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Pop Music Reviews : Trio Rushes In Despite The Warnings

February 07, 1986|CHRIS WILLMAN

Five warning signs of a miserable night at a rock concert: 1--Lots of tailgate parties in the parking lot. 2--A crowd that's at least 85% male. 3--Flash pots exploding on stage. 4--Surrealistic images on a giant screen. 5--Lasers.

Rush's appearance Wednesday at the Forum was accompanied by all those danger signals, but was surprisingly impressive nonetheless.

The Canadian trio certainly has a spotted progressive-rock past, with some epic digressions on the future, libertarianism and other subjects that for some reason appeal especially to 19-year-old guys in black T-shirts. But Rush's newer music has more down-to-earth punch to go with the big ideas and high idealism.

The superb musicianship has never been in question, but it's less showy and more rock-solid these days. In songs from "Power Windows," Rush's latest and strongest LP, the band might pull out some tricky time signatures--but in the service of the song, not at the expense of it. Overall, the music is far more forceful and driving than ever before--especially when singer Geddy Lee is on bass instead of synthesizers.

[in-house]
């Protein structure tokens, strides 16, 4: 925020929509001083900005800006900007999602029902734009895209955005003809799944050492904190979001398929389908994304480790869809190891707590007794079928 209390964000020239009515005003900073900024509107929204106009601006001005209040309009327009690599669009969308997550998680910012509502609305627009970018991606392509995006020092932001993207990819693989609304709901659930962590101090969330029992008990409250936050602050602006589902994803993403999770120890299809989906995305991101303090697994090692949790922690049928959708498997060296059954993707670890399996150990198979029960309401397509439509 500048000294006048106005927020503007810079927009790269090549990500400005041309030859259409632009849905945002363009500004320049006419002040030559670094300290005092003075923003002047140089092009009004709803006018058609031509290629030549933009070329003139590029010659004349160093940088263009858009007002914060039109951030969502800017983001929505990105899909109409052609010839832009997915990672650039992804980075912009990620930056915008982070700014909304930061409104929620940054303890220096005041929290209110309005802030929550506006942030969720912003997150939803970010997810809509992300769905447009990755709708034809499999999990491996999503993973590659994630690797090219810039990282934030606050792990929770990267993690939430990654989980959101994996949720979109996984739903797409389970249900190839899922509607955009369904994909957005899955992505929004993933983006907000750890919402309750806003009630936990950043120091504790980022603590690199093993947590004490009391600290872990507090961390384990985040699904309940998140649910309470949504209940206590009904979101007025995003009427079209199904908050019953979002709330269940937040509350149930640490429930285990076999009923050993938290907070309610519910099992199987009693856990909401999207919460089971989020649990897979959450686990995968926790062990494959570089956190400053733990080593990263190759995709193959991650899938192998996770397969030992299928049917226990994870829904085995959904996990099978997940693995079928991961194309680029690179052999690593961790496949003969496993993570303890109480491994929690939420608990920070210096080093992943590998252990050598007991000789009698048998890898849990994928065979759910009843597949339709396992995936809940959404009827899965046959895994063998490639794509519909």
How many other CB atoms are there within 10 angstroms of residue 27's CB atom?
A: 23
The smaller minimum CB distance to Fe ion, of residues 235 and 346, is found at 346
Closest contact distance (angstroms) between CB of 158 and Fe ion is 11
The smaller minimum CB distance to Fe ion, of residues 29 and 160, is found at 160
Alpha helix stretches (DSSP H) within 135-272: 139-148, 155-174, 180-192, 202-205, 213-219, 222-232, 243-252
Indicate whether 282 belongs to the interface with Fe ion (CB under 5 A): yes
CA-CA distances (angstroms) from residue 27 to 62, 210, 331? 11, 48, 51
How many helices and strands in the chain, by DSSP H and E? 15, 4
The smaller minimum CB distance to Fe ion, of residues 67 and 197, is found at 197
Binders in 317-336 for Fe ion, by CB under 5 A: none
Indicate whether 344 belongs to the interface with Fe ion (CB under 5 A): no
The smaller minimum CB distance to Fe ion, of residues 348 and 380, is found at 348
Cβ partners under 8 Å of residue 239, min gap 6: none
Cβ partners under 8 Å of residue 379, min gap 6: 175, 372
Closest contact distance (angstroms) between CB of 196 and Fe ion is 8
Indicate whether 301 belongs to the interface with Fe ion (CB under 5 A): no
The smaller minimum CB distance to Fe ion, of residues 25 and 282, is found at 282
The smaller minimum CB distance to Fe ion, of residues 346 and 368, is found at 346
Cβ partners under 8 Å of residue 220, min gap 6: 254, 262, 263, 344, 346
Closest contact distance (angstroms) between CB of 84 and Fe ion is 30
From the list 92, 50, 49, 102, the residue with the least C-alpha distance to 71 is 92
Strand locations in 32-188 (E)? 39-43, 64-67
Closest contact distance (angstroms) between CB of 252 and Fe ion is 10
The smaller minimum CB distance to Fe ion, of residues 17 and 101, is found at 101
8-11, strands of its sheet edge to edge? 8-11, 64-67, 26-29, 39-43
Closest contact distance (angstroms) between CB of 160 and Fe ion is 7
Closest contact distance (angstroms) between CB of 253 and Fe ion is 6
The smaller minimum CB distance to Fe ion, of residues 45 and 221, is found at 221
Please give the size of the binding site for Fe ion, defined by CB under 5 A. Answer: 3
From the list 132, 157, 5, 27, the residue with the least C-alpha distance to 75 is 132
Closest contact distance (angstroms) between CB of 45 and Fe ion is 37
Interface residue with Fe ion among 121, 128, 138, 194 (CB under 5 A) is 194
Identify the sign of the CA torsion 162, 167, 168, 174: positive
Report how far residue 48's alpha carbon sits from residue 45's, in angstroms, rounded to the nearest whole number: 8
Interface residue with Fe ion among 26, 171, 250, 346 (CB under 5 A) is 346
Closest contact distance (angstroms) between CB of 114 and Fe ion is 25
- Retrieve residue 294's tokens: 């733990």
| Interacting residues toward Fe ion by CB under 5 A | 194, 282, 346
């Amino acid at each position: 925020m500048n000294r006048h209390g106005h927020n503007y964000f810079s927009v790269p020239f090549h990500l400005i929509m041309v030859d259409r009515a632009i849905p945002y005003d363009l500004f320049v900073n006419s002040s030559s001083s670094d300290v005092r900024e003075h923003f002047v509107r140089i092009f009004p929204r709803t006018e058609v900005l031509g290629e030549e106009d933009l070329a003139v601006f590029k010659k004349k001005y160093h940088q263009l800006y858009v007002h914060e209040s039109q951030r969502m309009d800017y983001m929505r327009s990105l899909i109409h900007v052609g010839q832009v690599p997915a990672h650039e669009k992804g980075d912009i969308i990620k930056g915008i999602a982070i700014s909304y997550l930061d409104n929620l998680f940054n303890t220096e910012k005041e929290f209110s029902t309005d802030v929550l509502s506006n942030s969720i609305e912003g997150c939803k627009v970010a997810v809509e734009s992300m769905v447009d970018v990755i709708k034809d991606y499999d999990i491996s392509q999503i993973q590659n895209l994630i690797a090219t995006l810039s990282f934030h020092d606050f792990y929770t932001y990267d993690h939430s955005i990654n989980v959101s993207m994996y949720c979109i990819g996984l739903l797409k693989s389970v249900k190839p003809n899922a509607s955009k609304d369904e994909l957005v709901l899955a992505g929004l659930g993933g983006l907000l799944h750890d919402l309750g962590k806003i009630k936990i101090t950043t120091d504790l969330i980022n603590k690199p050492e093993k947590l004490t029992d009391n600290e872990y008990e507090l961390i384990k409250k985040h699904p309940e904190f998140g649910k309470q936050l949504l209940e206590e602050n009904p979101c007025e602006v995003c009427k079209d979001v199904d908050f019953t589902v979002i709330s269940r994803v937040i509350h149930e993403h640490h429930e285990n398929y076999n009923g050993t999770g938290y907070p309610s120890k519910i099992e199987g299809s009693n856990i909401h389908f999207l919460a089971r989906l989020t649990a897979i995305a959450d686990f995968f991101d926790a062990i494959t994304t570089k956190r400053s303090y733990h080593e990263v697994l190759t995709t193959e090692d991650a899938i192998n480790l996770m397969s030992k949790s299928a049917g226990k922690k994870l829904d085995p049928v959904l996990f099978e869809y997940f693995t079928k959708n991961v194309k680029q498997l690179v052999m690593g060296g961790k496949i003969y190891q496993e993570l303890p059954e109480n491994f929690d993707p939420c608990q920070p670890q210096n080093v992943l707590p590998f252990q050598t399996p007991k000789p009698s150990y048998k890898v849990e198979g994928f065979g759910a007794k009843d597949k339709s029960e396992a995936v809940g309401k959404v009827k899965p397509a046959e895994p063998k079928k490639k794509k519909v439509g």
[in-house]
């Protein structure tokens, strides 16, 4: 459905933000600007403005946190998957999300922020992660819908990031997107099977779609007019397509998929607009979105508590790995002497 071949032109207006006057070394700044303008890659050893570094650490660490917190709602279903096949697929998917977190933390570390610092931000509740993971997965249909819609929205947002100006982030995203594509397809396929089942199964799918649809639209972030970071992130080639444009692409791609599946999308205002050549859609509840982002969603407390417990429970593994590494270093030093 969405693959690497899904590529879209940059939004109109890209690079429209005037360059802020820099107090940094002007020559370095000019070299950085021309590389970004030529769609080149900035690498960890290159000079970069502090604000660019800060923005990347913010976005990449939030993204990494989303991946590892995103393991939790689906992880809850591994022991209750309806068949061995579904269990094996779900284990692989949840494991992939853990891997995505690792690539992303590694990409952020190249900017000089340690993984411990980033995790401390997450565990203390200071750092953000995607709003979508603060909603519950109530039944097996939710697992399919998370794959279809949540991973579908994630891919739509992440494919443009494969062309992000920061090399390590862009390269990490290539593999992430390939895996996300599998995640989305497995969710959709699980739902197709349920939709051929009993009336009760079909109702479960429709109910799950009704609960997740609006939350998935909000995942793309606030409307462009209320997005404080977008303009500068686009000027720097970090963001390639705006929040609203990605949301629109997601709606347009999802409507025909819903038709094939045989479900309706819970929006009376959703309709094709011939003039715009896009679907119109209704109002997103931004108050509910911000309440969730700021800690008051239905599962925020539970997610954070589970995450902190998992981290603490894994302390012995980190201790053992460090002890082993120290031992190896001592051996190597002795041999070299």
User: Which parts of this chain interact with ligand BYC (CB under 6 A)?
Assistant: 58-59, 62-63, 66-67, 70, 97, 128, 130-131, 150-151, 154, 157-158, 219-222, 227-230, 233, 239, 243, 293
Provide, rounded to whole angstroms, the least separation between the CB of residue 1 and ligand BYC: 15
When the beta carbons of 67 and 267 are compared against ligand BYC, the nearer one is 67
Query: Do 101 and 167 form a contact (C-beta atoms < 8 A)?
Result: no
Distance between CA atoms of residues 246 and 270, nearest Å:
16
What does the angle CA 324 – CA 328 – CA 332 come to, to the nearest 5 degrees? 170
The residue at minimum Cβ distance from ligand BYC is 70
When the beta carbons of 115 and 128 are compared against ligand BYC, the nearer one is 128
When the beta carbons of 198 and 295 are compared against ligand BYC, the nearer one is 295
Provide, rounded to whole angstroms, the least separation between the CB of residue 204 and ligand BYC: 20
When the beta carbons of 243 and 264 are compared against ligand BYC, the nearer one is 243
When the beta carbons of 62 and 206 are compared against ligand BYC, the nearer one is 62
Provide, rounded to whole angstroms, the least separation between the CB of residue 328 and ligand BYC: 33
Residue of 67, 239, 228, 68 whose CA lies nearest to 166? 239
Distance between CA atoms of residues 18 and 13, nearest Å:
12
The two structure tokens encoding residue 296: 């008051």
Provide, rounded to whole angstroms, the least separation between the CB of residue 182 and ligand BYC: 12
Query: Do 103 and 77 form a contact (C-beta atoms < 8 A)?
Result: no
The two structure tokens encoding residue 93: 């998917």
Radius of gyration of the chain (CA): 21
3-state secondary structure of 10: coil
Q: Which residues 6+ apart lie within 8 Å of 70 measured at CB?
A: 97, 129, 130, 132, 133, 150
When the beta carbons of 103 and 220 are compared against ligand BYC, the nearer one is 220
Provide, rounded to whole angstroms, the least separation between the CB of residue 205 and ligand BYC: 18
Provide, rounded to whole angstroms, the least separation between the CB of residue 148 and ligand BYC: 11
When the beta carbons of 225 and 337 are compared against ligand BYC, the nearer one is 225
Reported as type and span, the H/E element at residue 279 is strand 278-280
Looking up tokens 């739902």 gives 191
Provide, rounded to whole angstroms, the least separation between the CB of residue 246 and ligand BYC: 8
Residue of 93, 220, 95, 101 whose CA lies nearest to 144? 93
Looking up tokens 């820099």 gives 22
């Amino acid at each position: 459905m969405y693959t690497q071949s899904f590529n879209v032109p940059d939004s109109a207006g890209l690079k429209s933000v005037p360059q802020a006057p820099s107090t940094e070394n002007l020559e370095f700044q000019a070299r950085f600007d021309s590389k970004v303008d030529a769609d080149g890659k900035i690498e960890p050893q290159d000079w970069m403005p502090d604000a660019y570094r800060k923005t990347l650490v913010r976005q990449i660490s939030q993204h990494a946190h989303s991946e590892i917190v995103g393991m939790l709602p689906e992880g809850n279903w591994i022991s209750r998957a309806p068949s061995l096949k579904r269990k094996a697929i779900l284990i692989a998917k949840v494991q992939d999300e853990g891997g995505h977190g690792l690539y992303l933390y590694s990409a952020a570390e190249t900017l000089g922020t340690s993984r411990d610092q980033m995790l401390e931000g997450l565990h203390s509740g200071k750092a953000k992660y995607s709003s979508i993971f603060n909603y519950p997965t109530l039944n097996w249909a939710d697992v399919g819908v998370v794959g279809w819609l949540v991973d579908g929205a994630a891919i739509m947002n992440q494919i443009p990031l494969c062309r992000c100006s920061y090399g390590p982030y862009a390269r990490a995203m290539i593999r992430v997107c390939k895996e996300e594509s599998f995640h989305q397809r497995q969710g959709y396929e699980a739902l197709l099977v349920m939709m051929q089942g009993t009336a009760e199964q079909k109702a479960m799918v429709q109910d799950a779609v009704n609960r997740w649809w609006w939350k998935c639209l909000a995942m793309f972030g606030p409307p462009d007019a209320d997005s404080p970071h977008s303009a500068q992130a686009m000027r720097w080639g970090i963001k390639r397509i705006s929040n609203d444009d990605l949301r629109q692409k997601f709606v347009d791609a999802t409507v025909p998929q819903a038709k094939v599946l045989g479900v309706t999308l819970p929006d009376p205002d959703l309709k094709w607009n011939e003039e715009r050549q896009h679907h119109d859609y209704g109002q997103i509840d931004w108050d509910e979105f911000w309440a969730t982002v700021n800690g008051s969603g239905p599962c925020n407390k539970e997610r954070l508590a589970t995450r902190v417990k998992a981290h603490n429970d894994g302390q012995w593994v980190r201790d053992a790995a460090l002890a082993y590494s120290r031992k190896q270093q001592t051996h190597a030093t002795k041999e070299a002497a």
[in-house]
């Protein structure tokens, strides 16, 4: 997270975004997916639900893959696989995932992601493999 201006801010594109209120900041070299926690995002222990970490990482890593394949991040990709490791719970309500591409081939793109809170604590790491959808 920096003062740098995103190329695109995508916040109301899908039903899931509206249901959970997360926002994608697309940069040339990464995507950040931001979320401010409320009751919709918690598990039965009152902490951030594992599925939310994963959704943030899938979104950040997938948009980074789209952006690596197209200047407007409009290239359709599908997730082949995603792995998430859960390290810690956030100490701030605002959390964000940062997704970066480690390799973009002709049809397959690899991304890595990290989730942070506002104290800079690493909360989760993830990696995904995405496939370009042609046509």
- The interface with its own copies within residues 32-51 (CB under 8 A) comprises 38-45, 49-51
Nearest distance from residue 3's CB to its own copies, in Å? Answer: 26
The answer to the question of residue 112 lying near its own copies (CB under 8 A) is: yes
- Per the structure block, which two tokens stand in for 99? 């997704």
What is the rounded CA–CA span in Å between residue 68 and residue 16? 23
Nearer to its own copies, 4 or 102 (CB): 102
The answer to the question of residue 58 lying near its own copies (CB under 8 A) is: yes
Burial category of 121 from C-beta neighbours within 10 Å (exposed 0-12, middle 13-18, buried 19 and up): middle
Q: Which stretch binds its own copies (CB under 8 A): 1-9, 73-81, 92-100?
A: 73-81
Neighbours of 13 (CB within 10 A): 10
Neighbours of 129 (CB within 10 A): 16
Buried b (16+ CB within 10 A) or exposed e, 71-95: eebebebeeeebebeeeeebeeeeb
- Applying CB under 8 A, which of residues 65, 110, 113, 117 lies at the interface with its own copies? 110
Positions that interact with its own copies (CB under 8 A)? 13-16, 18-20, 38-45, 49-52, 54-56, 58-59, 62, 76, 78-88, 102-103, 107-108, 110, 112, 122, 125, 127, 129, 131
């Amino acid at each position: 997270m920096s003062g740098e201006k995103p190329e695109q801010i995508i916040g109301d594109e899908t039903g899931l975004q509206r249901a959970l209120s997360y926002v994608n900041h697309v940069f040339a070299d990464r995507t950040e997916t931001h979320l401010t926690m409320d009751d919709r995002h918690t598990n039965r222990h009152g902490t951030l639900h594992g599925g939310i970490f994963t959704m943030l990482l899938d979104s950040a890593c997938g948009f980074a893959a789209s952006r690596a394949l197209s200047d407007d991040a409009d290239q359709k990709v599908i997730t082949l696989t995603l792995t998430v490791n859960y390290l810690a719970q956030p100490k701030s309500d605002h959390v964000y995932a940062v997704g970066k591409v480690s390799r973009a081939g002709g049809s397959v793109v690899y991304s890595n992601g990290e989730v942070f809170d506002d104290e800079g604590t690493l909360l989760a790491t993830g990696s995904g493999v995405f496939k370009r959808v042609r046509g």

That doesn't mean that recent converts should be ready to reconsider Rush's entire oeuvre , for the often ponderous older material provided a fair share of deadly stretches during the generous two-hour set.

The lunkhead lighting effects were a constant irritation, and the filmic accompaniment was a mixed bag: Setting images of Kabuki dancers burning the world's flags to the tune of the anti-nationalistic "Territories" was inspired, but the stock footage of mushroom clouds and Einstein during the anti-nuke "Manhattan Project" was strictly condescending.

The show (scheduled to be repeated Thursday) was opened by guitarist Steve Morse, who used to play a marvelous brand of boogie-fusion with the Dixie Dregs. He and his new band offered a mixture of dull album-rock and cut-loose instrumentals, and in spurts he was able to transcend the pedestrian surroundings.

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